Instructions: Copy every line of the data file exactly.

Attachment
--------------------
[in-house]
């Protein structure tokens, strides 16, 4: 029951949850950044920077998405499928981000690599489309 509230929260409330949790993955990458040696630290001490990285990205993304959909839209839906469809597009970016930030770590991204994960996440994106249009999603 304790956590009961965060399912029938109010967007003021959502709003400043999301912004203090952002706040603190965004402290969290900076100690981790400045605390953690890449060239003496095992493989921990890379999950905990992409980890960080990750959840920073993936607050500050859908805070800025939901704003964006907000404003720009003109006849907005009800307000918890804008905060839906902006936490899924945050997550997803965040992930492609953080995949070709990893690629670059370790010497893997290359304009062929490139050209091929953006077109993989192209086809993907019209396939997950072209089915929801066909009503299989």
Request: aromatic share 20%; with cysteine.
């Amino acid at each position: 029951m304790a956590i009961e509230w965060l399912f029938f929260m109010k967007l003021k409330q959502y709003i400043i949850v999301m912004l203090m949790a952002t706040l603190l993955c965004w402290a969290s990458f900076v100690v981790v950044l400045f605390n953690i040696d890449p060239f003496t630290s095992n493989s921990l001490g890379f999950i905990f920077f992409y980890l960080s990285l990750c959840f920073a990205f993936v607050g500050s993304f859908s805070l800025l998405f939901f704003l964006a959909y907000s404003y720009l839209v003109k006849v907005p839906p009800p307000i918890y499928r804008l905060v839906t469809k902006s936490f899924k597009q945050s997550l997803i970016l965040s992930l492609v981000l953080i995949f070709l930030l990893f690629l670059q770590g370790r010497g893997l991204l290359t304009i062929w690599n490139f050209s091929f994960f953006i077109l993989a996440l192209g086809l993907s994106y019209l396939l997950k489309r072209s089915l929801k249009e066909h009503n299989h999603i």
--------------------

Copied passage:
[in-house]
């Protein structure tokens, strides 16, 4: 029951949850950044920077998405499928981000690599489309 509230929260409330949790993955990458040696630290001490990285990205993304959909839209839906469809597009970016930030770590991204994960996440994106249009999603 304790956590009961965060399912029938109010967007003021959502709003400043999301912004203090952002706040603190965004402290969290900076100690981790400045605390953690890449060239003496095992493989921990890379999950905990992409980890960080990750959840920073993936607050500050859908805070800025939901704003964006907000404003720009003109006849907005009800307000918890804008905060839906902006936490899924945050997550997803965040992930492609953080995949070709990893690629670059370790010497893997290359304009062929490139050209091929953006077109993989192209086809993907019209396939997950072209089915929801066909009503299989």
Request: aromatic share 20%; with cysteine.
């Amino acid at each position: 029951m304790a956590i009961e509230w965060l399912f029938f929260m109010k967007l003021k409330q959502y709003i400043i949850v999301m912004l203090m949790a952002t706040l603190l993955c965004w402290a969290s990458f900076v100690v981790v950044l400045f605390n953690i040696d890449p060239f003496t630290s095992n493989s921990l001490g890379f999950i905990f920077f992409y980890l960080s990285l990750c959840f920073a990205f993936v607050g500050s993304f859908s805070l800025l998405f939901f704003l964006a959909y907000s404003y720009l839209v003109k006849v907005p839906p009800p307000i918890y499928r804008l905060v839906t469809k902006s936490f899924k597009q945050s997550l997803i970016l965040s992930l492609v981000l953080i995949f070709l930030l990893f690629l670059q770590g370790r010497g893997l991204l290359t304009i062929w690599n490139f050209s091929f994960f953006i077109l993989a996440l192209g086809l993907s994106y019209l396939l997950k489309r072209s089915l929801k249009e066909h009503n299989h999603i």